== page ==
Going the Way of the Realtor

Apr 24, 2024 | Finconomics 101, No Bull Economics

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While real estate seller & buyer agents typically split a commission of around 5% to 6% that is paid by the seller, new National Association of Realtors (NAR) rule changes are likely to drive commissions lower, significantly impacting the livelihood of close to 2MM active realtors while benefitting a low-cost Internet real estate model. Once again, we may find that eliminating the human touch in retail may be penny-wise but pound-foolish!     

Realtor Jobs are Important to the Economy

Real Estate Employees Chart

MLS Changes Prompted by Lawsuits Threaten Buyside Realtor Jobs

  • Multiple lawsuits against The National Association of Realtors (NAR) launched by home sellers and several major real estate brokerages argued that the trade group’s rules governing homes listed for sale on its affiliated Multiple Listing Services (MLS) inflated agent commissions & incentivized agents representing buyers to avoid showing their clients listings where the seller’s broker was offering a lower commission to the buyer’s agent.
  • The NAR’s far-reaching settlement included the following concessions: the NAR agreed to no longer require a broker advertising a home for sale on the MLS to offer any upfront compensation to a buyer’s agent; agents or others working with a homebuyer are now required to enter into a written agreement designed to ensure that homebuyers are fully aware of all itemized service charges; and a $418MM settlement to compensate home sellers.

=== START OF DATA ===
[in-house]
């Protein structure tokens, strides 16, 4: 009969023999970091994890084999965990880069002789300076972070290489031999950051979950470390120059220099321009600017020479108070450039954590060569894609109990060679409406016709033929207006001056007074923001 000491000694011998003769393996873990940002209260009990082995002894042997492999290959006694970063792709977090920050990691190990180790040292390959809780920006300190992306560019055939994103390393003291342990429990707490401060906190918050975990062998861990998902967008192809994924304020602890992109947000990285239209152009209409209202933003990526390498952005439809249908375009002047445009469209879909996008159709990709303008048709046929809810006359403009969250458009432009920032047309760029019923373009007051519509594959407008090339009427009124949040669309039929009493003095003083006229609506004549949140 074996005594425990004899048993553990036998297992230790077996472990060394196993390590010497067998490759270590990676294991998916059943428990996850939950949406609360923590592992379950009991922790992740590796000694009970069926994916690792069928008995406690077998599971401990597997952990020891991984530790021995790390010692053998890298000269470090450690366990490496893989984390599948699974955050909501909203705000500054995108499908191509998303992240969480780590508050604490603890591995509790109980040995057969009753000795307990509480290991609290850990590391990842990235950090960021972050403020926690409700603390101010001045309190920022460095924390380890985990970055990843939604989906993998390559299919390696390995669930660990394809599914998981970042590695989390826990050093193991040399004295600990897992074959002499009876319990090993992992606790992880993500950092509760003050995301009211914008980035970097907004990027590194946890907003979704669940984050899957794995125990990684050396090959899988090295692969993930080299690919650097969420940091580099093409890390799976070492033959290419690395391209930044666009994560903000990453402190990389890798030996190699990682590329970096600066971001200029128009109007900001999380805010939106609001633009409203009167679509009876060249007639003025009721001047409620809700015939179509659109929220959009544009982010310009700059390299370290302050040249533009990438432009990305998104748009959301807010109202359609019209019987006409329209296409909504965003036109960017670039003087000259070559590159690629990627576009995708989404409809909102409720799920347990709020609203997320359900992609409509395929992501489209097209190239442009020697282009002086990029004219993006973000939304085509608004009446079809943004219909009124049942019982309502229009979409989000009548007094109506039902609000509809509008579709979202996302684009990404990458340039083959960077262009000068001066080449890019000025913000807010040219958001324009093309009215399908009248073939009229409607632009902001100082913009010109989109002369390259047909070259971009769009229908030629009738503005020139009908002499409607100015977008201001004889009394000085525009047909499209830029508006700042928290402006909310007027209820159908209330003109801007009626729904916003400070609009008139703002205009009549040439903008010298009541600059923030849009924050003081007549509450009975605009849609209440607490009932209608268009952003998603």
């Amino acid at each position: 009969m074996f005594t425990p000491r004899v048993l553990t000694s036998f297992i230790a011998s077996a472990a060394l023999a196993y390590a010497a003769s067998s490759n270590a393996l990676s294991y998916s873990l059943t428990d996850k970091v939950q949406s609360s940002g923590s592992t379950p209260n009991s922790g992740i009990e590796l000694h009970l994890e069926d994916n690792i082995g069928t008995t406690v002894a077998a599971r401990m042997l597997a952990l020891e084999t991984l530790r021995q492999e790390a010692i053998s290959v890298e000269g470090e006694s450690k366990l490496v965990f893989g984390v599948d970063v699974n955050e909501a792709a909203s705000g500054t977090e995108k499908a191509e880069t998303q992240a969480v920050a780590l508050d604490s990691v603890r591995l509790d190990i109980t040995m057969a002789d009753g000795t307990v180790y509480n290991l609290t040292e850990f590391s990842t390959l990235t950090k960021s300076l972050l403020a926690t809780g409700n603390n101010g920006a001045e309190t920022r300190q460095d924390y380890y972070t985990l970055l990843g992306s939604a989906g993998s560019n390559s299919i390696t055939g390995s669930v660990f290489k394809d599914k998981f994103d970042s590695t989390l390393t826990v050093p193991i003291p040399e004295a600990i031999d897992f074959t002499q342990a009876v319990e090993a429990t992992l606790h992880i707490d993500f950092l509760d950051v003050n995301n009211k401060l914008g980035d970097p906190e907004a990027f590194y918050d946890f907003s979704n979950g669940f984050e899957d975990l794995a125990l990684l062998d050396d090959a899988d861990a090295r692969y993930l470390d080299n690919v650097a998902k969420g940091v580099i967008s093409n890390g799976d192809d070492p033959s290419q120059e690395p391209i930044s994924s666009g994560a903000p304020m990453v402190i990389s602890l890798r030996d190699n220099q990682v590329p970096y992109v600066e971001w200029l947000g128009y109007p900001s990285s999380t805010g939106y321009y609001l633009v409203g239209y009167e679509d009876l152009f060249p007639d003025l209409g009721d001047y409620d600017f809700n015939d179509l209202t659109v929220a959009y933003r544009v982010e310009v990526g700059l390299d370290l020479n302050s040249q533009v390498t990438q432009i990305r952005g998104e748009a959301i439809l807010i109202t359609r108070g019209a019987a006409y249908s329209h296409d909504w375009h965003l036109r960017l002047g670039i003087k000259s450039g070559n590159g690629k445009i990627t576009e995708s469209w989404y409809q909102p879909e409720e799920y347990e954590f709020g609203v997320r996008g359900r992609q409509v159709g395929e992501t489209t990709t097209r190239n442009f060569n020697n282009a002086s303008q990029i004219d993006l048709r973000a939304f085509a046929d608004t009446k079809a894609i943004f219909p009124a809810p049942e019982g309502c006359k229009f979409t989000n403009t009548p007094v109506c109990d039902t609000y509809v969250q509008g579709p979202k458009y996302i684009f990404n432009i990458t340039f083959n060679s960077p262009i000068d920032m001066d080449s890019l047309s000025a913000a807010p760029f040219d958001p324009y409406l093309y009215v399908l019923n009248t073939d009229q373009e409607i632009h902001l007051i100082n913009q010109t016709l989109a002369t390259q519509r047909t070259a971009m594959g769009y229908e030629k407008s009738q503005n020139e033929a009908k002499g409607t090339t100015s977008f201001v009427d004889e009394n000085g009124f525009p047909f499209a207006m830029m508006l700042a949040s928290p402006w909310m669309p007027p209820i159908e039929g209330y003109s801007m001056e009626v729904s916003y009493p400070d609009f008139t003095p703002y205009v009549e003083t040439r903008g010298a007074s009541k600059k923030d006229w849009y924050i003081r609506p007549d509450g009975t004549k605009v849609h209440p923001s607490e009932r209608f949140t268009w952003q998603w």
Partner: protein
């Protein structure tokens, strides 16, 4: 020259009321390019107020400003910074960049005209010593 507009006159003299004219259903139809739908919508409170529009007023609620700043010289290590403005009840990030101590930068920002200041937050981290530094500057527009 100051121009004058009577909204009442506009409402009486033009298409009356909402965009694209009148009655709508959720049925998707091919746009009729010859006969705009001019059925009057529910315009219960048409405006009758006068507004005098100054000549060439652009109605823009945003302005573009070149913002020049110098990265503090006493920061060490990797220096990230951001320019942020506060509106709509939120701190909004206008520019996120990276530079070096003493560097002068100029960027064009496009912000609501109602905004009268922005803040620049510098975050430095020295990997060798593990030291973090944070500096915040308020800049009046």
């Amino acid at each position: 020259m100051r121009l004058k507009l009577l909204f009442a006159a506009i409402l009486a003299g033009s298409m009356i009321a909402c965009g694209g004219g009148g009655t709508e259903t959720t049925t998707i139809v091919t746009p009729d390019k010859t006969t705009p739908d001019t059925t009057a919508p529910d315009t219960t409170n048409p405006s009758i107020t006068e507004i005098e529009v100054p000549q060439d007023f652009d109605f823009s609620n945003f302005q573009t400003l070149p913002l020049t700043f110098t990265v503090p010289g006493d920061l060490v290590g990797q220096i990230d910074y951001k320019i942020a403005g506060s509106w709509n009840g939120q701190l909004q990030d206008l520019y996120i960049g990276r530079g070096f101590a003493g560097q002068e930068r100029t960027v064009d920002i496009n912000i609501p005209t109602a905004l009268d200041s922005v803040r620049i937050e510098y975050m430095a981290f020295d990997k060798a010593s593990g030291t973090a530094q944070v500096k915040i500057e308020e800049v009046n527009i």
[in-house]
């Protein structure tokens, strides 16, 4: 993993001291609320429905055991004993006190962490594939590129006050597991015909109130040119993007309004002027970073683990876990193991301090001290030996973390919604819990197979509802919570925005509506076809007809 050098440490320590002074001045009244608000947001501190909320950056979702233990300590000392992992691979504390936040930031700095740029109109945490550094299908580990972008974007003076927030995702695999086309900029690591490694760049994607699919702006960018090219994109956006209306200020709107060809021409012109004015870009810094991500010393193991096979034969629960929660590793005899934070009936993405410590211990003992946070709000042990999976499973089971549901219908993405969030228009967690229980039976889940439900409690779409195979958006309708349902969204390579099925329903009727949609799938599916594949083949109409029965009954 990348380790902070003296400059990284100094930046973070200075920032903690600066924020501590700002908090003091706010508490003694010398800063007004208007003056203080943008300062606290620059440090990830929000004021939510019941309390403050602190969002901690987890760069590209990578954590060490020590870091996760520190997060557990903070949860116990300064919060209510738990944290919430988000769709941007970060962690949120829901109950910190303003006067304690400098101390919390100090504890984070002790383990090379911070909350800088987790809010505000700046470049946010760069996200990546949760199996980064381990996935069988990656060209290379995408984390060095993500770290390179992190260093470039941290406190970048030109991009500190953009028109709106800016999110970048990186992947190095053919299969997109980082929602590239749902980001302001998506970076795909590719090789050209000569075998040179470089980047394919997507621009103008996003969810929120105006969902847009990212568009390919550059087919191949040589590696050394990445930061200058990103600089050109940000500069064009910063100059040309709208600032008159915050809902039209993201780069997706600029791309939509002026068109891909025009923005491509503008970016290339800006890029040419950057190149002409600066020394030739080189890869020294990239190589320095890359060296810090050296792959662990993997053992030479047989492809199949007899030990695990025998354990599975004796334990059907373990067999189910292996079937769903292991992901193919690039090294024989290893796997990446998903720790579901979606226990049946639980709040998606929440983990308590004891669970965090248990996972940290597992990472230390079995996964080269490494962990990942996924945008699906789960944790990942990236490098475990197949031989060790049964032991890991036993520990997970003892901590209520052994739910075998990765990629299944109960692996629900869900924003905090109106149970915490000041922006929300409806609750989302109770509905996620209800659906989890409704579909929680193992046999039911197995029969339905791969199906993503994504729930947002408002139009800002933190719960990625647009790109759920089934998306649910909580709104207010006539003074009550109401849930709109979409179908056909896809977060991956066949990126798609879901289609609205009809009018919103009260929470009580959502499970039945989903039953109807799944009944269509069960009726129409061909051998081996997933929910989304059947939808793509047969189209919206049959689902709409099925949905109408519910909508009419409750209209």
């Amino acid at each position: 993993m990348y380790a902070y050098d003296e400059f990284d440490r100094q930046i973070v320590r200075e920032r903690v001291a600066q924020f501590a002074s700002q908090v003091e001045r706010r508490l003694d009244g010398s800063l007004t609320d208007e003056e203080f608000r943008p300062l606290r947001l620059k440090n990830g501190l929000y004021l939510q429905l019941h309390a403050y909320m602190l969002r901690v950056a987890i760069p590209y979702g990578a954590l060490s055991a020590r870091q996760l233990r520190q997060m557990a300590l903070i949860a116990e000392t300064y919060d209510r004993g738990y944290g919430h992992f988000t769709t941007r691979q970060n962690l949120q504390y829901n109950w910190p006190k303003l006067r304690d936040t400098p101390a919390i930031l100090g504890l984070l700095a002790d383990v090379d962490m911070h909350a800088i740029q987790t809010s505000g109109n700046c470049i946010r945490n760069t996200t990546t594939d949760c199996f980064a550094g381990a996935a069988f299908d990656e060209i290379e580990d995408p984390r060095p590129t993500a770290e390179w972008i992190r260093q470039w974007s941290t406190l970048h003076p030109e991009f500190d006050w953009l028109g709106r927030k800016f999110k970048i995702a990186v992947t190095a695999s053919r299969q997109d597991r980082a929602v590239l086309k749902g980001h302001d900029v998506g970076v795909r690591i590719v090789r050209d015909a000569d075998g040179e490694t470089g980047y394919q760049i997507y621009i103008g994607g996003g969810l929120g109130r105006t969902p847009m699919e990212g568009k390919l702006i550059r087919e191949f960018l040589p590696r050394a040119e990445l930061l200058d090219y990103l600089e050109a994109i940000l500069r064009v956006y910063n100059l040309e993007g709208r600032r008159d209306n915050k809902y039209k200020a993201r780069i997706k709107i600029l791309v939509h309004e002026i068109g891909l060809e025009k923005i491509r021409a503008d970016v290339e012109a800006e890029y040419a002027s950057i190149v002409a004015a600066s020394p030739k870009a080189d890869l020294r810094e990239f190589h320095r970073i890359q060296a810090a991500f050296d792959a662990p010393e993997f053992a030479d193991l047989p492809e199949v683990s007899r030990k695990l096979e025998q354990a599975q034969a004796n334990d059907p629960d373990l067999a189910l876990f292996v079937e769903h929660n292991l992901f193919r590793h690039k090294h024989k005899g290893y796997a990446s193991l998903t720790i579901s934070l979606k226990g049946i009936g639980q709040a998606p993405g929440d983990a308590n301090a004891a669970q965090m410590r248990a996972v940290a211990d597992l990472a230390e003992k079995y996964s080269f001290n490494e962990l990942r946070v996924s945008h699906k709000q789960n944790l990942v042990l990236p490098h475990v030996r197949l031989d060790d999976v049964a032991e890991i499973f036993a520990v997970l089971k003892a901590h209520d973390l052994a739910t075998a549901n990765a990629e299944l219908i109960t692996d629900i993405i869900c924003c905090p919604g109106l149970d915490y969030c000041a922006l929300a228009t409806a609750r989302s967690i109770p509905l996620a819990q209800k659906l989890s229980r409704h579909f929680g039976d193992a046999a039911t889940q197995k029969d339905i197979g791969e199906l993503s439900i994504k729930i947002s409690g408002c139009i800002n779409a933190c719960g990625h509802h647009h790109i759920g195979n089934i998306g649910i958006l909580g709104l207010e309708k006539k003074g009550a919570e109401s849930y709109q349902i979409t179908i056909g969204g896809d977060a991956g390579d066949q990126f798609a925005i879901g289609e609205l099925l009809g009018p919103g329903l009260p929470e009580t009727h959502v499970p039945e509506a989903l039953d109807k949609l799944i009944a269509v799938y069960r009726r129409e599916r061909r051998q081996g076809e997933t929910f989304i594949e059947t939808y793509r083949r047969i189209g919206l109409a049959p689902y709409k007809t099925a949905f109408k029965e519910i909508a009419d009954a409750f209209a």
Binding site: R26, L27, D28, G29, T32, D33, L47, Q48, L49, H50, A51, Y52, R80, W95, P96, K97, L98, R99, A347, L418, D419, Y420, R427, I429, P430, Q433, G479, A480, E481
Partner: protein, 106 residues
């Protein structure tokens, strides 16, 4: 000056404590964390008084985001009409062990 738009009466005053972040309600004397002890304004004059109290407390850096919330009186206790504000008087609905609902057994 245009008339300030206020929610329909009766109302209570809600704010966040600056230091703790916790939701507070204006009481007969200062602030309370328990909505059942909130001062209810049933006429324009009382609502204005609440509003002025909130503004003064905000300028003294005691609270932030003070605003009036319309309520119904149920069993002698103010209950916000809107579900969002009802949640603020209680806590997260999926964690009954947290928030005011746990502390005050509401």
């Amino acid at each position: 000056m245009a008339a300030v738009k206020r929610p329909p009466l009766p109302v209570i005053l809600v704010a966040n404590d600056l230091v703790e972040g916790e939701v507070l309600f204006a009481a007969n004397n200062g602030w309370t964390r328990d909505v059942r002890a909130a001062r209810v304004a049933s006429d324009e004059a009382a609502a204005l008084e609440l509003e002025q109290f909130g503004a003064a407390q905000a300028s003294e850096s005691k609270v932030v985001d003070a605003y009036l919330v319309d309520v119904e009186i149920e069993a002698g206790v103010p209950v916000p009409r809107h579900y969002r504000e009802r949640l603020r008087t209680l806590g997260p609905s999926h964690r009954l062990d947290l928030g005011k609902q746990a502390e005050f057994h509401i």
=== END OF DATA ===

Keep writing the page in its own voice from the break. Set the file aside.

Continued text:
• This rule change leaves it open for home sellers to negotiate buyer agent commissions outside of the MLS platform as long as any such compensation arrangement is disclosed.
  • Notably, these rule changes encourage budget-minded buyers to bypass buyer agents altogether by shopping online & arranging showings directly with the seller agent. In this case, the seller agent would represent both the seller & buyer and, resultantly, there would be no buyer’s commission to pay (helping lower the overall home purchase price).
  • While it seems right that buyers should have the freedom to do as they please, it seems to us that the dehumanizing of retail can add material soft costs that are not readily apparent. For instance, sit-down restaurants have learned that adding a positive human server vibe to their dining experience is worth the labor investment. Also, merchandisers are learning the full cost of self-checkout which not only includes a material increase in retail theft, but also a diminished brand experience.
  • Not all buyer agents are worth their cost, but many are, and those who are good at their job can pay for themselves many times over by saving buyers from catastrophic mistakes and/or leading them to great investment returns.
  • In conclusion, providing consumers with greater choice while improving the transparency of services & commissions are a good thing. However, modern society needs to become more mindful that skilled humans will always outperform software & add value in important ways that are not always easy to measure.

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